Mother Trees

It’s a dog-eat-dog world out there, or is it?

Is every man only looking out for himself? I’ll warn you that I’ve searched far and wide for cliches today….

I was recently reading about networks and communities. No man is an island, after all. 😉 In my reading, I kept coming across the concept of ‘mother trees’ and a biologist named Suzanne Simard, who talks about big trees support seedlings, enabling them to grow. Like the mother trees in Avatar, these large, older trees rise above the forest and connect to other trees via a network of fungal threads. It appears these mother trees not only share nutrients with weaker trees, they’ll also do so when it means sacrificing their own needs. In return, the seedlings grow and will provide nutrients to others, including the mother trees.  Ms. Simard describes forests as complex networks of trees who communicate and support each other, making the whole forest more resilient.

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Some of you will say that’s a bunch of hooey and use words like “anthropomorphize”, meaning we’re attributing human traits to non-humans, but how else do you describe the passing of nutrients when needed? We can debate anthropomorphism another day and get back to my original question: Is every man or tree only looking out for himself? Or is it all for one and one for all?

I vote for B. We’re a community and our networks make us stronger. Our ability to support each other in times of need means that more of us survive, both literally and figuratively.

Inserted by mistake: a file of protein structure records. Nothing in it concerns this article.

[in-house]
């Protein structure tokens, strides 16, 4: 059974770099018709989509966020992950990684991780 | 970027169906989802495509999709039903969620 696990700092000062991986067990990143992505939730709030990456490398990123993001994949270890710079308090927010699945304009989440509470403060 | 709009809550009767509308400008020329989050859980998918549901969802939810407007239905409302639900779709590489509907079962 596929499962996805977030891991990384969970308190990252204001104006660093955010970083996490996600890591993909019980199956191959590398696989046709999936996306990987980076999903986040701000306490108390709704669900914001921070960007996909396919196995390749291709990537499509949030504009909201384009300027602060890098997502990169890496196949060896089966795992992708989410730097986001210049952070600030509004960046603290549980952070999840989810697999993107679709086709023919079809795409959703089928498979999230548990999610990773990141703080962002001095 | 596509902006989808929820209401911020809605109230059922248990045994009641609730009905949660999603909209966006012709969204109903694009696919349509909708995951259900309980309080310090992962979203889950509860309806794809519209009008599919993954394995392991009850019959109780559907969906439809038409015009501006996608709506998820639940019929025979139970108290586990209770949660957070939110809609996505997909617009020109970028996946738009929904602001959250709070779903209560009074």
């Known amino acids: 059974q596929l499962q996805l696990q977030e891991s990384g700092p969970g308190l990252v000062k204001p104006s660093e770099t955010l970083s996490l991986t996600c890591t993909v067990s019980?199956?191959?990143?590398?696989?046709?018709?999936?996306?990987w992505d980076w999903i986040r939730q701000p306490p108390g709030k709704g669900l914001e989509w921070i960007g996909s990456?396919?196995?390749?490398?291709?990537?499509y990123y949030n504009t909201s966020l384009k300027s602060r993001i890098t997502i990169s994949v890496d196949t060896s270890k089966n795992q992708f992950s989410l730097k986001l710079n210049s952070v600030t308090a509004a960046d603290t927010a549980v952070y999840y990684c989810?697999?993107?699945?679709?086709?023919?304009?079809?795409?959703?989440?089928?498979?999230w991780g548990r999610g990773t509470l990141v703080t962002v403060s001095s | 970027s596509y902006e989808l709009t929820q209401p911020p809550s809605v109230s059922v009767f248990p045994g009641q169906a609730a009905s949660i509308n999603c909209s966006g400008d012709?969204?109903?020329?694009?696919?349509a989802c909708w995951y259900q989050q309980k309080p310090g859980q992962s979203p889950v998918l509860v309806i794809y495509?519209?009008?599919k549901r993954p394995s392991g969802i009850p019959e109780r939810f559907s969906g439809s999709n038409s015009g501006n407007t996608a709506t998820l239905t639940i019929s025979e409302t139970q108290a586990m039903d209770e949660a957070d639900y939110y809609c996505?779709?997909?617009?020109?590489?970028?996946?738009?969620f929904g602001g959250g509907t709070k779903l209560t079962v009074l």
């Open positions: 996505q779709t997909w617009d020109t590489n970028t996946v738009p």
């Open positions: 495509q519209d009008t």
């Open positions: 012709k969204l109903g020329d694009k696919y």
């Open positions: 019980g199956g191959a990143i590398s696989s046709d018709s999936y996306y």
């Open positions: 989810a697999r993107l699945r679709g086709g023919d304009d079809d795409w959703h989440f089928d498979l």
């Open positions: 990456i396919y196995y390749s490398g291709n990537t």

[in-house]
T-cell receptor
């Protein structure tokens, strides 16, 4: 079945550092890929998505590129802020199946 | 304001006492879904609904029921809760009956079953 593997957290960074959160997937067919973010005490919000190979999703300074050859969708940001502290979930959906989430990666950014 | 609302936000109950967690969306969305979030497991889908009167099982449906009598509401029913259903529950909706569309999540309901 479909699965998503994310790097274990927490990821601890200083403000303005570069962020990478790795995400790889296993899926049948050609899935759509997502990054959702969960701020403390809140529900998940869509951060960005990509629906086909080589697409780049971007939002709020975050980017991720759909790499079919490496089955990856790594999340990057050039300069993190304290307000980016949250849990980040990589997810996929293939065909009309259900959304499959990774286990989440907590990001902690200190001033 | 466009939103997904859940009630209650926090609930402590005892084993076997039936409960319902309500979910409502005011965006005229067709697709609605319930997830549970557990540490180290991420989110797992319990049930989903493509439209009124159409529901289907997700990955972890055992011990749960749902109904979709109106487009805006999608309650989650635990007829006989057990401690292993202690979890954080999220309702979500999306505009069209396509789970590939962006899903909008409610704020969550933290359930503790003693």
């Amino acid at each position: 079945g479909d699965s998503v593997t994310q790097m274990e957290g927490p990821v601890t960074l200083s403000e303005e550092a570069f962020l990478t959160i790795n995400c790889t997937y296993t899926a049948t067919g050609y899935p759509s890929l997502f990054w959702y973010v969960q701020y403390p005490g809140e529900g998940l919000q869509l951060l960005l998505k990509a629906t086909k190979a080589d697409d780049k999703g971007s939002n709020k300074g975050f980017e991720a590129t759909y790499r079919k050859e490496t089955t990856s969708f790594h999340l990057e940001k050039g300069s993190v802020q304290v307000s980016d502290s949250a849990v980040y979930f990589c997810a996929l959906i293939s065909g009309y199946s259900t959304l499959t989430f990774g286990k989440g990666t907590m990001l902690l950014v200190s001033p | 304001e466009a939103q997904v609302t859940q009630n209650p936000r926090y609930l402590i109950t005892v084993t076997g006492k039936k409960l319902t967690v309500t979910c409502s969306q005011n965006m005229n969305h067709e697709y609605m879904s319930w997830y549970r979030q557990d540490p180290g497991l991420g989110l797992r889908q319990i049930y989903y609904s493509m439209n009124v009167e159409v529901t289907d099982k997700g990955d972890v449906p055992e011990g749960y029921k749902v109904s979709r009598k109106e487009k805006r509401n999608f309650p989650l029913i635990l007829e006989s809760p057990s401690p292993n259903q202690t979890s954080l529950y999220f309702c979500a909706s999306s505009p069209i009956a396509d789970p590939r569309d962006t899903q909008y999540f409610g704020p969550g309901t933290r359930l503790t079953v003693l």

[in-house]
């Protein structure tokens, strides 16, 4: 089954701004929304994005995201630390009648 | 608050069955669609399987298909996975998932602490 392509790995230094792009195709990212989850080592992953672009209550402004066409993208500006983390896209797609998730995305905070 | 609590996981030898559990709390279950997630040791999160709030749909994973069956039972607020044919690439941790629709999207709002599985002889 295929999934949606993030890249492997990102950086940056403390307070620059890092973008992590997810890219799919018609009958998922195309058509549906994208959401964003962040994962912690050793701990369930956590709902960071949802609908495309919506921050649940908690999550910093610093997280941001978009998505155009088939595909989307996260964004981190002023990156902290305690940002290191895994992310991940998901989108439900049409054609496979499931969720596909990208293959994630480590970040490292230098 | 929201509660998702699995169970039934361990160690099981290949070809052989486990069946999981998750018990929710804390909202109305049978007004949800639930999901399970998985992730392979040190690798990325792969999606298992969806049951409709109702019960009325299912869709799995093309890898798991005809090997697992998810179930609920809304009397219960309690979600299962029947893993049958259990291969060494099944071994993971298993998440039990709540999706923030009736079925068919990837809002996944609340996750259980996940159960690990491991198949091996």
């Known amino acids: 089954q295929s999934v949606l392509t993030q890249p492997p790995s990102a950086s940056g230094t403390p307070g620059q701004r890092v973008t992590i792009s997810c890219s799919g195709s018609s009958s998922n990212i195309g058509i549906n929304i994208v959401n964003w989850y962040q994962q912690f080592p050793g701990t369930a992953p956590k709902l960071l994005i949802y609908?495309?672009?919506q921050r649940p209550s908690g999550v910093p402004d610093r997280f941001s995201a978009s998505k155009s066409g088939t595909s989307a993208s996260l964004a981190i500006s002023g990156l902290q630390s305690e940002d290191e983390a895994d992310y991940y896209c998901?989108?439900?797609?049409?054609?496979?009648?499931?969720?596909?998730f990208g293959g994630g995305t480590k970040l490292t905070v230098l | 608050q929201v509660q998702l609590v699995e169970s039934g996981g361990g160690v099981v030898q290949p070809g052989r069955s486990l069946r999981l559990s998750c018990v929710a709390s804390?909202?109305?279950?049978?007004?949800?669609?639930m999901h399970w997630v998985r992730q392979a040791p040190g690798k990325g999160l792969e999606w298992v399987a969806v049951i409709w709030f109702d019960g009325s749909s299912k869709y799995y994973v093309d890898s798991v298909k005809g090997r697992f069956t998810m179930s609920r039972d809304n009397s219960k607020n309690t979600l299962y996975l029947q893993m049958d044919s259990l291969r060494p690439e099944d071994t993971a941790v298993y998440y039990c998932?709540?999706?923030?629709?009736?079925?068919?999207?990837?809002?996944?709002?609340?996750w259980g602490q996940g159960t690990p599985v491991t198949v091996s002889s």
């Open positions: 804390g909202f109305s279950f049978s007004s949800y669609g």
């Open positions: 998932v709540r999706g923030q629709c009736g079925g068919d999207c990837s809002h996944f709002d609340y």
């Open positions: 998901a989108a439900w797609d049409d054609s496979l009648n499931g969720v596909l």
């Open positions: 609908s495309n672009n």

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Back to Ms. Simard for a moment. She also mentions that forests can be more vulnerable because of the trees’ networks. If you damage the mother trees, the whole forest declines. Or, if you let loose a scourge (I always wanted to use that word…. 🙂 ), like the bark beetle, the trees’ network may collapse. How do you make a forest less susceptible to a scourge? Diversity. Instead of one or two types of trees, you have many types of trees, some that are resistant to a particular attack. The more diversity, the less the risk of the community failing.

My point in as few words as possible:

  • Mother trees (hubs) matter. These are the people who connect us to each other and help us get what we need, especially in times of stress.
  • Even the smallest seedling can contribute to the well being of others and their community.
  • Diversity fortifies our community against harm.

As you go through your week, I hope you look at your world with fresh eyes. Who are the mother trees in your network? How do the smallest, youngest, weakest members contribute? How can diversity strengthen you and your community?  In short, how are we better together?